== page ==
It has been estimated that almost 15% of new and prevalent HIV infections happen among immigrant populations within Canada [9]. The majority of this sample (56.55%) had immigrated to Canada in the last 10 years and were identified as a group with significantly higher odds of obstetrical complications. The dual stigma of HIV infection and recent immigration has been shown to decrease uptake of social and health services [9]. HIV testing and screening programs are routinely conducted for immigration and prenatal purposes in Canada [16], with Ontario now testing over 97% of immigrant women who are pregnant. Immigration can be an effective point of contact where women living with HIV interface with the healthcare system and can be connected to sexual and reproductive healthcare services that include antenatal and obstetrical care.

Historically, women with HIV have higher documented prevalence of additional comorbidities, including hepatitis B and hepatitis C, sexually transmitted infections, and mental illness. Mental health issues have also proven to be important factors that influence adherence to ART and contribute to underutilizing antenatal care and are often markers for other comorbidities [17]. Additionally, the prevalence of mental illness is significantly associated with preterm birth and infants small for gestational age [18, 19]. Over 16% of this study population had a history of psychiatric illness, a factor that was independently associated with increased odds of adverse obstetrical outcomes. In this study, the case definition for psychiatric illness included women with preexisting condition preconception and postpartum condition following childbirth. We were unable to disaggregate the data. This study has demonstrated that both the prevalence of psychiatric illness and the adverse obstetrical outcomes are high among women living with HIV, for which development and support of specialized programs are warranted.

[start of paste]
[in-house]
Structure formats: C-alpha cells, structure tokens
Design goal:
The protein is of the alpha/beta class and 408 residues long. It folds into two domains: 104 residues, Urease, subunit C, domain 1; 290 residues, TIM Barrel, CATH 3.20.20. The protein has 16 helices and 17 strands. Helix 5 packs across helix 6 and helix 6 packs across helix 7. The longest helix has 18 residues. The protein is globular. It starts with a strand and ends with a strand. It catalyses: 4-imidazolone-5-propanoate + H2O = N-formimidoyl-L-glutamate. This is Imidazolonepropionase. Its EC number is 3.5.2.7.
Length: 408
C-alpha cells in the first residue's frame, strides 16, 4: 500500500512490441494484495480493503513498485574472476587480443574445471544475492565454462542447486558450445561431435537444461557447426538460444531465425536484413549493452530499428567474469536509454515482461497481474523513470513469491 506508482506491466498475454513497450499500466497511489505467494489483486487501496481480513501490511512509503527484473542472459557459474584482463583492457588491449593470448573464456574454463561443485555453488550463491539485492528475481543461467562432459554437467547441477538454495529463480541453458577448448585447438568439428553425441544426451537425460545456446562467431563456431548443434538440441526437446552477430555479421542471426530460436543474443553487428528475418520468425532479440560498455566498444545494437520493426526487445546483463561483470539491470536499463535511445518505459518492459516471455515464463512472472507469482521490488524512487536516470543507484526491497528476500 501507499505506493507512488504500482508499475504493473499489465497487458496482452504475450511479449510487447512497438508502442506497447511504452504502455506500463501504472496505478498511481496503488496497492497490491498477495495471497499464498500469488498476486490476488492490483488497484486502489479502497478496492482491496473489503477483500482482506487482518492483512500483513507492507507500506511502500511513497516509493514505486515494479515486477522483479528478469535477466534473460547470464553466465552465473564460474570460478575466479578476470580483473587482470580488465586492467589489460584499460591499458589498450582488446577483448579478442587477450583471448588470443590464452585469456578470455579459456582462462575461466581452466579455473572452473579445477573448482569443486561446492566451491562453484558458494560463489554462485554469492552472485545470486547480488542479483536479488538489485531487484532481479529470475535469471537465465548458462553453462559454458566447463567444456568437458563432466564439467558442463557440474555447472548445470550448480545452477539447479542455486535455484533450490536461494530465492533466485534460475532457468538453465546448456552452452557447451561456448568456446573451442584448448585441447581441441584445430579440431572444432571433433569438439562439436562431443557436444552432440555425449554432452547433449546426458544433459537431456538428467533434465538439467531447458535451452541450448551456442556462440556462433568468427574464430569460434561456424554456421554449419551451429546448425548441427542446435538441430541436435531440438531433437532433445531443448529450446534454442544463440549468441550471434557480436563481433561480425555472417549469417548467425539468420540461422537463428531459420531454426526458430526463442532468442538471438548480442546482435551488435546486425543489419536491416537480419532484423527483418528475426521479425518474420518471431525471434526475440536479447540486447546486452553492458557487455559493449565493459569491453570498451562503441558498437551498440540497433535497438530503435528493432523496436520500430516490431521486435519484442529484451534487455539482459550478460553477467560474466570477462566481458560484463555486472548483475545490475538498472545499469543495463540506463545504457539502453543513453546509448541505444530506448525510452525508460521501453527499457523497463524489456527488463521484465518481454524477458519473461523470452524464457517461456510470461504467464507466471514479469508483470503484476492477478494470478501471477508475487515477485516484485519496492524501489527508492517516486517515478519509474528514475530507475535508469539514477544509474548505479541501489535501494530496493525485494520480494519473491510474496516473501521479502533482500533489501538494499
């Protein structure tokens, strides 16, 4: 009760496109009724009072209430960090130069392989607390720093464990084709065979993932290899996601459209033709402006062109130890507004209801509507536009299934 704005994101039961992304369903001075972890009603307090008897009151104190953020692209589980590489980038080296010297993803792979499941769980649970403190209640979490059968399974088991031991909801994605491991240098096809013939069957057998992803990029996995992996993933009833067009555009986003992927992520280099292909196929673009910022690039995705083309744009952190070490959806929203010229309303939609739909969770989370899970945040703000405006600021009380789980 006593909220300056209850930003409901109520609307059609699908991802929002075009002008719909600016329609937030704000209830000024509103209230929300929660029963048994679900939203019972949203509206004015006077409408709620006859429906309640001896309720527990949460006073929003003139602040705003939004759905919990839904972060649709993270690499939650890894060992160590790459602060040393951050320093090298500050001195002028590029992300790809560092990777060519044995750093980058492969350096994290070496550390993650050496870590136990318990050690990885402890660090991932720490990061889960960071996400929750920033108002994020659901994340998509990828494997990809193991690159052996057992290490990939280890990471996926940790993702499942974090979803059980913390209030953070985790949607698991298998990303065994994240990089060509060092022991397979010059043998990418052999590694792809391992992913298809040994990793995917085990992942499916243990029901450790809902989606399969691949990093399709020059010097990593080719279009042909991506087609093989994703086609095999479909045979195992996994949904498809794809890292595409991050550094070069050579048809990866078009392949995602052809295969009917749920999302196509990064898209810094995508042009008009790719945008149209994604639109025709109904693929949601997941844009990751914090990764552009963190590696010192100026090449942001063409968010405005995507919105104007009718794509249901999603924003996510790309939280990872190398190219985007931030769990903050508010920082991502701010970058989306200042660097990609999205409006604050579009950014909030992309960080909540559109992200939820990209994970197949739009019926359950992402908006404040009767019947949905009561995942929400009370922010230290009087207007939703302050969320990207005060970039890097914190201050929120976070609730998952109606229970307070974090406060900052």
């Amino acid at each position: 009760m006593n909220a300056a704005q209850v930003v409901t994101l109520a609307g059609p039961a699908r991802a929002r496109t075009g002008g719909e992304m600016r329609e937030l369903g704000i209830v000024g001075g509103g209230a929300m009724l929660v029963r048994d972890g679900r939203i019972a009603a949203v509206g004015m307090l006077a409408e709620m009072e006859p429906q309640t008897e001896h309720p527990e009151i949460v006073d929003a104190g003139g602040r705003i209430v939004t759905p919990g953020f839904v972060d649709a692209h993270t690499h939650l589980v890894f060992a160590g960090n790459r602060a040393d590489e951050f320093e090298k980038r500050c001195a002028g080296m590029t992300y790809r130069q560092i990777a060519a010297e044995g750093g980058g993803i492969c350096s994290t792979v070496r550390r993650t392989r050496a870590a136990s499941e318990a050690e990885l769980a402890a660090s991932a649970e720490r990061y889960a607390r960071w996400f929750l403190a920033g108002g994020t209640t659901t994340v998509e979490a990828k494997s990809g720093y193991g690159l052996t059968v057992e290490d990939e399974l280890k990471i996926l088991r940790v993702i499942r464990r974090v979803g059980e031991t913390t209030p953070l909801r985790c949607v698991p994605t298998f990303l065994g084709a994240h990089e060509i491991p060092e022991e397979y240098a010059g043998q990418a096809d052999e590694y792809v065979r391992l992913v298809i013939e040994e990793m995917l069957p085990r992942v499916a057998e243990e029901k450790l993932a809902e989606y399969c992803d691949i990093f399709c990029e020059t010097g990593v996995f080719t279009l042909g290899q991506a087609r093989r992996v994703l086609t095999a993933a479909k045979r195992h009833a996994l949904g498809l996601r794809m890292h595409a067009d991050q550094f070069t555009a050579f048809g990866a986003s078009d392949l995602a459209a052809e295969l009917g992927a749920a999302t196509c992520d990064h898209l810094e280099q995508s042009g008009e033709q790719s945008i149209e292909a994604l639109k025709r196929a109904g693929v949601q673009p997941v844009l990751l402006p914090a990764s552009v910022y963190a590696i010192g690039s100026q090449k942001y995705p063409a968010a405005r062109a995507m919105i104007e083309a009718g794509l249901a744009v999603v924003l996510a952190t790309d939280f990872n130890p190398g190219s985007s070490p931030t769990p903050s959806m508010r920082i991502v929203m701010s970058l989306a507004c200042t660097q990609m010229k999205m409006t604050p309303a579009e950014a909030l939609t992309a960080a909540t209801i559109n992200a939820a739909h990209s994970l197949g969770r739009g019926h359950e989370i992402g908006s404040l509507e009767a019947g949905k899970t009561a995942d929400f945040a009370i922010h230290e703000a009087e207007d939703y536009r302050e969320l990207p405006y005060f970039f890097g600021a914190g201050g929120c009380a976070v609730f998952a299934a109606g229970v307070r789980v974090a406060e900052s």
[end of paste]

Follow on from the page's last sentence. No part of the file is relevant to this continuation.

Adolescent pregnancies are known to have higher rates of obstetrical complications including preterm labour, anemia, hypertension, other disorders during pregnancy, and low infant birth weight [20]. Additionally, social factors such as early sexual debut [8], limited control over sexual decision-making, and the social stigmatization of teen pregnancy [21] are all known to decrease access to care and heighten risk for the youth. All of these features are likely magnified among female youth living with HIV. In our study, there were five births among teenagers who experienced significantly higher odds of adverse obstetrical outcomes. Even though the youth represent a smaller proportion of pregnancies, they are a group identified to be at increased risk of harm and in need of services that reduce barriers to sexual and reproductive healthcare [22].